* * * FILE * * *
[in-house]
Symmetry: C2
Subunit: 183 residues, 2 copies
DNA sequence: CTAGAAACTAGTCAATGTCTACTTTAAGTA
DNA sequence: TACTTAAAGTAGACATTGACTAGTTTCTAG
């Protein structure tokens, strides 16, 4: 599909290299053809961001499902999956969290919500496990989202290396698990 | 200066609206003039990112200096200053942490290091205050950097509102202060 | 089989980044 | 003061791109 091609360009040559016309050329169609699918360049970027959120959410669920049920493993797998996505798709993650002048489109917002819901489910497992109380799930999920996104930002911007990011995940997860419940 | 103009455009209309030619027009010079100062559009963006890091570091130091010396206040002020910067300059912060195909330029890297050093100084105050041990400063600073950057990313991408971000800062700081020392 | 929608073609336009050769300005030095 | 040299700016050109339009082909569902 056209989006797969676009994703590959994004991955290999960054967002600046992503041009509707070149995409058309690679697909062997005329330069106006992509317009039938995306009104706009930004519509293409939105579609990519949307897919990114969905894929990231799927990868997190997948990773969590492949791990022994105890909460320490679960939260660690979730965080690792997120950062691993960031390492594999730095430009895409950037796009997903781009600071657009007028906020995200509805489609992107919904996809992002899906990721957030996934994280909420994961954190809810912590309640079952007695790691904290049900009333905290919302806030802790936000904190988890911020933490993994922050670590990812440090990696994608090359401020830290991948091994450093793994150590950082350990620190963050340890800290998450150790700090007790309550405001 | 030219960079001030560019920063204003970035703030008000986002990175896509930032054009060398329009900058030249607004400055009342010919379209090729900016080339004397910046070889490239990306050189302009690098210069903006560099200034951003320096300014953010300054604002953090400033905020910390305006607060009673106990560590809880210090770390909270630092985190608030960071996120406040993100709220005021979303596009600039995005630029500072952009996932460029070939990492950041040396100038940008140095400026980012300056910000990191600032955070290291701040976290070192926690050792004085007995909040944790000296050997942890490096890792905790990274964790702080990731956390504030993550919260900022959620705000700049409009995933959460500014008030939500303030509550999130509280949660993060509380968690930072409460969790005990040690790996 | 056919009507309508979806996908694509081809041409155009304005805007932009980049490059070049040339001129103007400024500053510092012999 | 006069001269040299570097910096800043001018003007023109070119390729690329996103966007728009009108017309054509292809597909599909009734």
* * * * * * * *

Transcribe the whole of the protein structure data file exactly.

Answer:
[in-house]
Symmetry: C2
Subunit: 183 residues, 2 copies
DNA sequence: CTAGAAACTAGTCAATGTCTACTTTAAGTA
DNA sequence: TACTTAAAGTAGACATTGACTAGTTTCTAG
């Protein structure tokens, strides 16, 4: 599909290299053809961001499902999956969290919500496990989202290396698990 | 200066609206003039990112200096200053942490290091205050950097509102202060 | 089989980044 | 003061791109 091609360009040559016309050329169609699918360049970027959120959410669920049920493993797998996505798709993650002048489109917002819901489910497992109380799930999920996104930002911007990011995940997860419940 | 103009455009209309030619027009010079100062559009963006890091570091130091010396206040002020910067300059912060195909330029890297050093100084105050041990400063600073950057990313991408971000800062700081020392 | 929608073609336009050769300005030095 | 040299700016050109339009082909569902 056209989006797969676009994703590959994004991955290999960054967002600046992503041009509707070149995409058309690679697909062997005329330069106006992509317009039938995306009104706009930004519509293409939105579609990519949307897919990114969905894929990231799927990868997190997948990773969590492949791990022994105890909460320490679960939260660690979730965080690792997120950062691993960031390492594999730095430009895409950037796009997903781009600071657009007028906020995200509805489609992107919904996809992002899906990721957030996934994280909420994961954190809810912590309640079952007695790691904290049900009333905290919302806030802790936000904190988890911020933490993994922050670590990812440090990696994608090359401020830290991948091994450093793994150590950082350990620190963050340890800290998450150790700090007790309550405001 | 030219960079001030560019920063204003970035703030008000986002990175896509930032054009060398329009900058030249607004400055009342010919379209090729900016080339004397910046070889490239990306050189302009690098210069903006560099200034951003320096300014953010300054604002953090400033905020910390305006607060009673106990560590809880210090770390909270630092985190608030960071996120406040993100709220005021979303596009600039995005630029500072952009996932460029070939990492950041040396100038940008140095400026980012300056910000990191600032955070290291701040976290070192926690050792004085007995909040944790000296050997942890490096890792905790990274964790702080990731956390504030993550919260900022959620705000700049409009995933959460500014008030939500303030509550999130509280949660993060509380968690930072409460969790005990040690790996 | 056919009507309508979806996908694509081809041409155009304005805007932009980049490059070049040339001129103007400024500053510092012999 | 006069001269040299570097910096800043001018003007023109070119390729690329996103966007728009009108017309054509292809597909599909009734």